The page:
China WTO win allows it to sanction $3.7bn on US

Amount is third highest in history of the Geneva-based World Trade Organisation

U.S. President Donald Trump speaks to members of the media before boarding Marine One on the South Lawn of the White House in Washington, D.C., U.S., on Friday, Nov. 1, 2019. China and the U.S. signaled they're getting closer to agreeing on the first phase of a deal aimed at reducing tensions in a trade war that's slowed the global economy. Photographer: Andrew Harrer/Bloomberg

The World Trade Organisation gave China the green light to implement $3.57 billion (Dh13bn) in sanctions annually against the US in compensation for failure to remove anti-dumping duties, in a case dating to the administration of president Barack Obama that could weigh on ongoing talks to resolve the current tariff war.

The damages awarded by a three-member arbitration panel are about half of the $7.043bn that China sought from the Geneva-based organisation as it argued that some US anti-dumping rules are illegal, according to a 68-page report on the WTO's website. The amount awarded is the third highest in the WTO's history.

"China may request authorisation from the Dispute Settlement Body to suspend concessions or other obligations at a level not exceeding $3.579bn per annum," the WTO said in its report on November 1.

The ruling comes amid negotiations between the world's two biggest economies about "phase one" of an agreement for a long-awaited trade deal. On Friday, the US and China said they made progress in the talks aimed at resolving the 16-month trade war that has hurt global economic growth.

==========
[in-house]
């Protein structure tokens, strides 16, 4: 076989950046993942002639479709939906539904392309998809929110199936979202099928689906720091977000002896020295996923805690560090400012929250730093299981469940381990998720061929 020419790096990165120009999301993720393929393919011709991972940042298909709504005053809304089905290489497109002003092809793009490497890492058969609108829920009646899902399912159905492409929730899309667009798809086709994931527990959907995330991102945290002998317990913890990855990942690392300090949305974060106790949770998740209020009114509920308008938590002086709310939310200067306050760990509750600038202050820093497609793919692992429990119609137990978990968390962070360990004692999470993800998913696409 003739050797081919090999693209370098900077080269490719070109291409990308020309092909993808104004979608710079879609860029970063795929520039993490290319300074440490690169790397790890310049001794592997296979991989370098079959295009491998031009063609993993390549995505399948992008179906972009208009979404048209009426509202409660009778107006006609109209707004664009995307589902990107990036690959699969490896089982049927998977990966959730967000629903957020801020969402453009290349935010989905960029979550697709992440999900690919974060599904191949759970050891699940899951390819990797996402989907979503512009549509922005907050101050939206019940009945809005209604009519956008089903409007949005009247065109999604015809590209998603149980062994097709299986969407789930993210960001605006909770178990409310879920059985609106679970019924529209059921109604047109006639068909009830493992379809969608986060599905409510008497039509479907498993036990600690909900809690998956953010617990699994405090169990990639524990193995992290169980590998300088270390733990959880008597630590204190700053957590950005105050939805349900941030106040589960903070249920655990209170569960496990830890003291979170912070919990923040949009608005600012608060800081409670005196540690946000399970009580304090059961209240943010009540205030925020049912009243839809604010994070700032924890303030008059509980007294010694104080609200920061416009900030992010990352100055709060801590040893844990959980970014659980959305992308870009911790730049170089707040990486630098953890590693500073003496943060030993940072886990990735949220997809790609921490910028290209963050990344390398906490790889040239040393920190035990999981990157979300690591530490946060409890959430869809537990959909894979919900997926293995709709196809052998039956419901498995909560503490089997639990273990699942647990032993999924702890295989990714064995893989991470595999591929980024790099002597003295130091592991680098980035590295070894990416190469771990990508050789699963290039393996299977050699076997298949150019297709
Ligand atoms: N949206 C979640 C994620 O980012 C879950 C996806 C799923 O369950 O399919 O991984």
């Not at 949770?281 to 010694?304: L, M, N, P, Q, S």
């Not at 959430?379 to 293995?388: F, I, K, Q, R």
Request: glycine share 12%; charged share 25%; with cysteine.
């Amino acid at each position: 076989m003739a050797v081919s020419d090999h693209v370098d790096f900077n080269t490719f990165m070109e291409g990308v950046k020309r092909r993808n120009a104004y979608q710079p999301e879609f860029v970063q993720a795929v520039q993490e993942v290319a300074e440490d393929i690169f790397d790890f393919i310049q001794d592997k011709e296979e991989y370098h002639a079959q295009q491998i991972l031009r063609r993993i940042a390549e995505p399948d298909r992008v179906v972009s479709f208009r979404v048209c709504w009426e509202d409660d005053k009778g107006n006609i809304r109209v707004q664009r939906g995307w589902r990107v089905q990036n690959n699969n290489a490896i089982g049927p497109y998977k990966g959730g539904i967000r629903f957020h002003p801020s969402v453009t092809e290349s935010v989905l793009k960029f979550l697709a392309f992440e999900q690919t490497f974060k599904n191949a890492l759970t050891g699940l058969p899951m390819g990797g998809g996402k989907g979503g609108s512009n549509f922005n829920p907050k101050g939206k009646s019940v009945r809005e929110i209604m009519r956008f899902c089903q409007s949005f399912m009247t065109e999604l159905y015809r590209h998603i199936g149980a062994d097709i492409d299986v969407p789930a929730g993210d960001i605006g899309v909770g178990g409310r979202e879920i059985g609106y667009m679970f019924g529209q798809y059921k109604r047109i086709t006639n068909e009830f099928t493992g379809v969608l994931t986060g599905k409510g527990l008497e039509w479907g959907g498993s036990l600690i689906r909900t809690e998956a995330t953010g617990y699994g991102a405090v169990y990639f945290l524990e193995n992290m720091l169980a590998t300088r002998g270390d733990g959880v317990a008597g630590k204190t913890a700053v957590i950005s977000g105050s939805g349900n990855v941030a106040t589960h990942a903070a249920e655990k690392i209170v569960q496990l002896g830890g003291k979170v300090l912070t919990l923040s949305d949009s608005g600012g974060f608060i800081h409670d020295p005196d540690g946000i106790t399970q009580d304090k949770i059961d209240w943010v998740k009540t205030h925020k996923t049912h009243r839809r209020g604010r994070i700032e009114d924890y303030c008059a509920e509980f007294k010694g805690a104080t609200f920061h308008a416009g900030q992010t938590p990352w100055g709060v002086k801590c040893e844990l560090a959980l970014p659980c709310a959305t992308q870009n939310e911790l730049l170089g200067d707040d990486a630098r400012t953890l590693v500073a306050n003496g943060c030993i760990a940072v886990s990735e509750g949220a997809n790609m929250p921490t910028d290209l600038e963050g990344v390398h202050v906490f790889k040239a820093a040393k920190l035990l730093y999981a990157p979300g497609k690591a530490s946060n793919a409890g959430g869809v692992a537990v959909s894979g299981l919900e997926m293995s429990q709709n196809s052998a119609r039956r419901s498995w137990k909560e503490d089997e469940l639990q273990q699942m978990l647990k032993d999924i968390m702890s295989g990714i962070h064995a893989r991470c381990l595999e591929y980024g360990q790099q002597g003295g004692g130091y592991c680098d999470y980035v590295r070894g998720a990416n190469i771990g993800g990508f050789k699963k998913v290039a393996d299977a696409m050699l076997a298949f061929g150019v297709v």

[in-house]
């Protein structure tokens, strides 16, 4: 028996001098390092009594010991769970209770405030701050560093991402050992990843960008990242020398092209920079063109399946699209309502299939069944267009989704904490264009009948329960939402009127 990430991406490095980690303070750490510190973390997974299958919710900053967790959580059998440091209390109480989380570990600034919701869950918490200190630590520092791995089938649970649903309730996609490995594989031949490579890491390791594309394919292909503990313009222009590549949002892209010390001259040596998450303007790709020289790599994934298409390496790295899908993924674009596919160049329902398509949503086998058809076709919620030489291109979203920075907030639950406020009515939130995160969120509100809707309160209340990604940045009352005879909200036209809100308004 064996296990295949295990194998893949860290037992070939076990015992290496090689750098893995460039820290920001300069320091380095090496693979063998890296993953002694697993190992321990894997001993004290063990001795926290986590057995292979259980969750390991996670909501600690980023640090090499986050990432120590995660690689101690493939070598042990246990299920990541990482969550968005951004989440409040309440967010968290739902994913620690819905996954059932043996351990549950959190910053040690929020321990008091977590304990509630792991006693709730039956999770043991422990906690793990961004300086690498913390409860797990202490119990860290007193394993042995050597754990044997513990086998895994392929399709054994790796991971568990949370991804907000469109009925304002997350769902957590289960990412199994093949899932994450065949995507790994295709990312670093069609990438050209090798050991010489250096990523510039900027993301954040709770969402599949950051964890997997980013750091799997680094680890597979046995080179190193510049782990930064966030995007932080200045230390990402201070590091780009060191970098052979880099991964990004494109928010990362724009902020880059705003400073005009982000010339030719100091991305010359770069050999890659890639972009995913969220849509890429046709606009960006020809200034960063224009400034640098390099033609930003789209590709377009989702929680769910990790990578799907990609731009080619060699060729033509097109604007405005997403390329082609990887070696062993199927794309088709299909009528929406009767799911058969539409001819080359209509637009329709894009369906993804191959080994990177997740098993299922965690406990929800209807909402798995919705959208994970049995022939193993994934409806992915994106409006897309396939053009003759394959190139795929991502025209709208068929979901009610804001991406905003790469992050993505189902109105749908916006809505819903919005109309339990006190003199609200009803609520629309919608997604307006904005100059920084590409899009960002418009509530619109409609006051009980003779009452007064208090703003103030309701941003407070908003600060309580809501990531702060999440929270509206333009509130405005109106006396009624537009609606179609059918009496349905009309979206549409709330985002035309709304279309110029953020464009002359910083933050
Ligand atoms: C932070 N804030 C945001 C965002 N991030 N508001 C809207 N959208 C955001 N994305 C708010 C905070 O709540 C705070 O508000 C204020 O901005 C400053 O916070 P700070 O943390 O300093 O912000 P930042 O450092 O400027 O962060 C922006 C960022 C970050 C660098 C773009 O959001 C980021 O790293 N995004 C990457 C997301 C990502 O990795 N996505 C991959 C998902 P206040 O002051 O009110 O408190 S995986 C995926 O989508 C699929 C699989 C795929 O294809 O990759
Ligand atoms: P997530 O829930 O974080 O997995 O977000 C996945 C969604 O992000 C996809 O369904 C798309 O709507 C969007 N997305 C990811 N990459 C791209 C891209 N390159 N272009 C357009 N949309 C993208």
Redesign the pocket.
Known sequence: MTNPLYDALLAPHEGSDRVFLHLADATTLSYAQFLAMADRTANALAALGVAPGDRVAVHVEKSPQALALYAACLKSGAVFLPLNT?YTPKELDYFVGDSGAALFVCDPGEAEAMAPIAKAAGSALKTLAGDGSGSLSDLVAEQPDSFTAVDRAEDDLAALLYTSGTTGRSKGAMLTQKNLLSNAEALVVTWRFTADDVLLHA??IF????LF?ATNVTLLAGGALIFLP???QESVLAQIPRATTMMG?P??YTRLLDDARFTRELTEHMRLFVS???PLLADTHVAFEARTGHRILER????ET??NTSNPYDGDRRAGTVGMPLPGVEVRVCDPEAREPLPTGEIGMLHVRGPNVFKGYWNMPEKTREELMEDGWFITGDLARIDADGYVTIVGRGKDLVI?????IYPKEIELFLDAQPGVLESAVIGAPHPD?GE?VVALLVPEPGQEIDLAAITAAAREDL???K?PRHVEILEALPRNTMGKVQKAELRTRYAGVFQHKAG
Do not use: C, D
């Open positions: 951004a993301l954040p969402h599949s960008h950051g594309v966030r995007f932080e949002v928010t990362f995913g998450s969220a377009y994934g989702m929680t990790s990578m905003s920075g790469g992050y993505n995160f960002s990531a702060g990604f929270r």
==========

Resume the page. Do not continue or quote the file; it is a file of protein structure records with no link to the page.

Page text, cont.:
The global economy is projected to grow 3 per cent this year, its slowest expansion since the 2008 global financial crisis, as a result of protectionist policies and increased uncertainty related to trade, the International Monetary Fund said in October.

The WTO ruling gives China a legal edge against President Donald Trump's administration and may increase tensions during the ongoing talks on the trade war, which has led to retaliatory tariffs worth $500bn in goods from trading both ways.

The issue at the centre of the case, which dates back to December 2013, is the US use of anti-dumping duties imposed on 13 Chinese products. In 2016, a WTO panel ruled the US anti-dumping duties were illegal, turning the case in Beijing's favour.

The case was related to industries-- including metals, electronics, machinery--and Washington's methodology of calculating anti-dumping tariffs, particularly the "zeroing" method.

The US's use of the "zeroing" method tends to increase the level of American anti-dumping duties on foreign producers, which the WTO has ruled repeatedly to be illegal in a series of trade spats presented to the Geneva-based organization.

However, Washington has defied those rulings and continued to employ this method of calculation because of domestic pressure from industries who depend on anti-dumping tariffs to keep out cheaper Chinese and foreign imports.

After the WTO ruling on November 1, China now has the right to ask the WTO's dispute settlement body to approve retaliatory tariffs on US goods and these requests have typically been granted.

The next move by the US would include changing its illegal anti-dumping tariffs on Chinese imports in question or resolving the issue with China directly--a step that would be part of the broader trade talks between Washington and Beijing.

The US Trade Representative Robert Lighthizer and US Treasury Secretary Steven Mnuchin made progress on a variety of issues during a telephone call on Friday with China’s Vice Premier Liu He about an interim trade agreement, the USTR said in a statement, according to Reuters.

“They made progress in a variety of areas and are in the process of resolving outstanding issues,” USTR said. “Discussions will continue at the deputy level," according to the statement.

The Chinese Ministry of Commerce said the two sides conducted “serious and constructive” discussions on “core” trade points and talked about arrangements for the next round of talks, according to CNBC.